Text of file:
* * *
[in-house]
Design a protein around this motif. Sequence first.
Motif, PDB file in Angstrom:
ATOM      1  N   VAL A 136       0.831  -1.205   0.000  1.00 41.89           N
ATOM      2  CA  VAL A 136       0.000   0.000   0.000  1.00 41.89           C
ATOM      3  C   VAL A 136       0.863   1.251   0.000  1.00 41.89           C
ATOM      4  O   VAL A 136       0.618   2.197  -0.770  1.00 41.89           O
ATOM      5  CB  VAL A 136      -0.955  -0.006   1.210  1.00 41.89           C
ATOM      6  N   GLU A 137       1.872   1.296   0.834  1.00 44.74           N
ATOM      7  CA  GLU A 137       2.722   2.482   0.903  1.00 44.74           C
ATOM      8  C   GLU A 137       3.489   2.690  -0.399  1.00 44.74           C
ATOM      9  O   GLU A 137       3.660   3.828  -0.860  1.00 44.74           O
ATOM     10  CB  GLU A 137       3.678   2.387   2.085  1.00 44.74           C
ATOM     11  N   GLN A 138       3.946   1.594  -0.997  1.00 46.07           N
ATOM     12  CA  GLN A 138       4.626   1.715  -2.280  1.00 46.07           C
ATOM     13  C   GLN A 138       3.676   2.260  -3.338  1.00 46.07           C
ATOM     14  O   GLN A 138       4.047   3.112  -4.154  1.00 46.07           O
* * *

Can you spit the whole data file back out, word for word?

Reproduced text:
[in-house]
Design a protein around this motif. Sequence first.
Motif, PDB file in Angstrom:
ATOM      1  N   VAL A 136       0.831  -1.205   0.000  1.00 41.89           N
ATOM      2  CA  VAL A 136       0.000   0.000   0.000  1.00 41.89           C
ATOM      3  C   VAL A 136       0.863   1.251   0.000  1.00 41.89           C
ATOM      4  O   VAL A 136       0.618   2.197  -0.770  1.00 41.89           O
ATOM      5  CB  VAL A 136      -0.955  -0.006   1.210  1.00 41.89           C
ATOM      6  N   GLU A 137       1.872   1.296   0.834  1.00 44.74           N
ATOM      7  CA  GLU A 137       2.722   2.482   0.903  1.00 44.74           C
ATOM      8  C   GLU A 137       3.489   2.690  -0.399  1.00 44.74           C
ATOM      9  O   GLU A 137       3.660   3.828  -0.860  1.00 44.74           O
ATOM     10  CB  GLU A 137       3.678   2.387   2.085  1.00 44.74           C
ATOM     11  N   GLN A 138       3.946   1.594  -0.997  1.00 46.07           N
ATOM     12  CA  GLN A 138       4.626   1.715  -2.280  1.00 46.07           C
ATOM     13  C   GLN A 138       3.676   2.260  -3.338  1.00 46.07           C
ATOM     14  O   GLN A 138       4.047   3.112  -4.154  1.00 46.07           O